by Matt Slick
Apollinarianism was the heresy taught by Apollinaris the Younger, bishop of Laodicea in Syria about 361. At the time when the doctrine of the Trinity was being established in an official sense, he taught that the Logos of God, which became the divine nature of Christ, took the place of the rational human soul of Jesus and that the body of Christ was a glorified form of human nature. In other words, though Jesus was a man, He did not have a human mind but that the mind of Christ was solely divine. Apollinaris taught that the two natures of Christ could not coexist within one person. His solution was to lessen the human nature of Christ. He taught that sin resided in the spirit of man and if Jesus was both God and man, then he would have sinned. Therefore, he denied the Orthodox doctrine of the hypostatic union which states that in the single person of Christ are two distinct natures: divine and human.
Apollinarianism was condemned by the Second General Council at Constantinople in 381. This heresy denies the true and complete humanity in the person of Jesus which in turn can jeopardize the value of the atonement, since Jesus is declared to be both God and man to atone. Jesus needed to be divine in order to offer a pure and holy sacrifice of sufficient value to The Father, and He needed to be a man in order to die for men.1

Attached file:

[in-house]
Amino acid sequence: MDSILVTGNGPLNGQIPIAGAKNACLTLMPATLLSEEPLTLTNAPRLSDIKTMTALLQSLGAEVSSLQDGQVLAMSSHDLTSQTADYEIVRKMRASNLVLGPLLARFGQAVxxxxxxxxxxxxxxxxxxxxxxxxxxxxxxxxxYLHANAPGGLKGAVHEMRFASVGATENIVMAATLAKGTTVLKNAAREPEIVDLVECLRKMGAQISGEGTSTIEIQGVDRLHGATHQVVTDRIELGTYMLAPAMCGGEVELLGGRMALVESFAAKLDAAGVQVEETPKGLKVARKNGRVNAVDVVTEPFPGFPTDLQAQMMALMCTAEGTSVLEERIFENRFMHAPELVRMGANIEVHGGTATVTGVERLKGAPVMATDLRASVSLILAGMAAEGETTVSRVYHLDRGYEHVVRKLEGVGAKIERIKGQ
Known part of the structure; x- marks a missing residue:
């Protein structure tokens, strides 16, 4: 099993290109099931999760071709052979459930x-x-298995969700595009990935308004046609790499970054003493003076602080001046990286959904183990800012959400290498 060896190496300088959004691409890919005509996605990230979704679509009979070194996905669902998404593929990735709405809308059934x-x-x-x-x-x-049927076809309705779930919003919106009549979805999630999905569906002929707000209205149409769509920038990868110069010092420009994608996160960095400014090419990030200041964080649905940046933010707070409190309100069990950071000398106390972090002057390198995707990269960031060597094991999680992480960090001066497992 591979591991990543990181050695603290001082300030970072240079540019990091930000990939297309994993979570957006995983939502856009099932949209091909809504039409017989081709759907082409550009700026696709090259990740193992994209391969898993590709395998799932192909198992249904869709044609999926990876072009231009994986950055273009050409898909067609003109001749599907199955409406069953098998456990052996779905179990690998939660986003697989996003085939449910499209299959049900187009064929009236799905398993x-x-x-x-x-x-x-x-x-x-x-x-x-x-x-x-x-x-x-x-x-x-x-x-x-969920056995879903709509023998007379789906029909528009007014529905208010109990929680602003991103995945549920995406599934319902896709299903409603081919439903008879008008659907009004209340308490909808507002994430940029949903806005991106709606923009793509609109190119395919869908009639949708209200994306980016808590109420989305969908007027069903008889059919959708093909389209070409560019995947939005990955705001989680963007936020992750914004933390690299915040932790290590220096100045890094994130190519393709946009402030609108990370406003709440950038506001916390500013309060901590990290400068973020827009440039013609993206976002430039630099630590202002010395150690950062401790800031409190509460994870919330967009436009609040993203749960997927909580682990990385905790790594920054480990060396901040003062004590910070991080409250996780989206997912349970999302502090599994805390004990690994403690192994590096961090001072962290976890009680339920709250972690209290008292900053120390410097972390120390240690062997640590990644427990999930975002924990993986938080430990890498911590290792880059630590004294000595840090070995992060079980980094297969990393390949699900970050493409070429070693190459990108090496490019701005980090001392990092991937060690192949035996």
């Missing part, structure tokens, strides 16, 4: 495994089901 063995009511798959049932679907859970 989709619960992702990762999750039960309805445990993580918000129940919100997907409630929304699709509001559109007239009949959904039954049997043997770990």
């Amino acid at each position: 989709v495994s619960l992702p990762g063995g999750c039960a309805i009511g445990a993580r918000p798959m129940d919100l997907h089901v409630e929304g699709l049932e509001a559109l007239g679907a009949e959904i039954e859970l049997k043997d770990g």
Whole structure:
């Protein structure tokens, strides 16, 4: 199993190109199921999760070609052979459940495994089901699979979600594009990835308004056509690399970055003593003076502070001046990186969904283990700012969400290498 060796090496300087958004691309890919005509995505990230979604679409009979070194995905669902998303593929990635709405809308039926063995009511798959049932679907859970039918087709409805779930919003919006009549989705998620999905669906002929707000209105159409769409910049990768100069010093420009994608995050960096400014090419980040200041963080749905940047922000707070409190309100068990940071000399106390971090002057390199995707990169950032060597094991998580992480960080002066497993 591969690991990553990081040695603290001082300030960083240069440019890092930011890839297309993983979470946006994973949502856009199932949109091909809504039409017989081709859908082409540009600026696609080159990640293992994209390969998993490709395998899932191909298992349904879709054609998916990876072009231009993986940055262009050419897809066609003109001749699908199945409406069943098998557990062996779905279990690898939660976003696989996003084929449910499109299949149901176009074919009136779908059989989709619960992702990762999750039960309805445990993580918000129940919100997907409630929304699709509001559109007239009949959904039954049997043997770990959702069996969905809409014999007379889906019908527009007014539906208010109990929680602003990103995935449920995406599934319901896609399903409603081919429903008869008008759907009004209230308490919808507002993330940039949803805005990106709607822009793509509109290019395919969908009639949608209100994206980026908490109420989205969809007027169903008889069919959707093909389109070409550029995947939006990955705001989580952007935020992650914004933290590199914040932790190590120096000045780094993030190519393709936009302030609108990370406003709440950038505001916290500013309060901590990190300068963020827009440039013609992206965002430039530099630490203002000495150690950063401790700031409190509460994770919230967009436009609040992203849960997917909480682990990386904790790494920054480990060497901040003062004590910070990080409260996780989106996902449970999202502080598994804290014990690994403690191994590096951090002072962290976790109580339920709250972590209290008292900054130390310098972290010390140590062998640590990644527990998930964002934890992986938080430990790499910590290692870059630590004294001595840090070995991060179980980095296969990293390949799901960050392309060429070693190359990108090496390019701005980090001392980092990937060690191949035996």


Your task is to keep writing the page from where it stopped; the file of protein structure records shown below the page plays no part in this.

The correct doctrine is that Jesus is completely both God and man. This is known as the Hypostatic Union.
- "In the beginning was the Word, and the Word was with God, and the Word was God...and the Word became flesh and dwelt among us . . . " (John 1:1,14).
- "for in Him dwells all the fullness of deity in bodily form," (Col. 2:9).
- 1. The following sources were consulted in the composition of this article: (1) Microsoft Encarta Encyclopedia 96 and (2) Baker's Dictionary of Theology.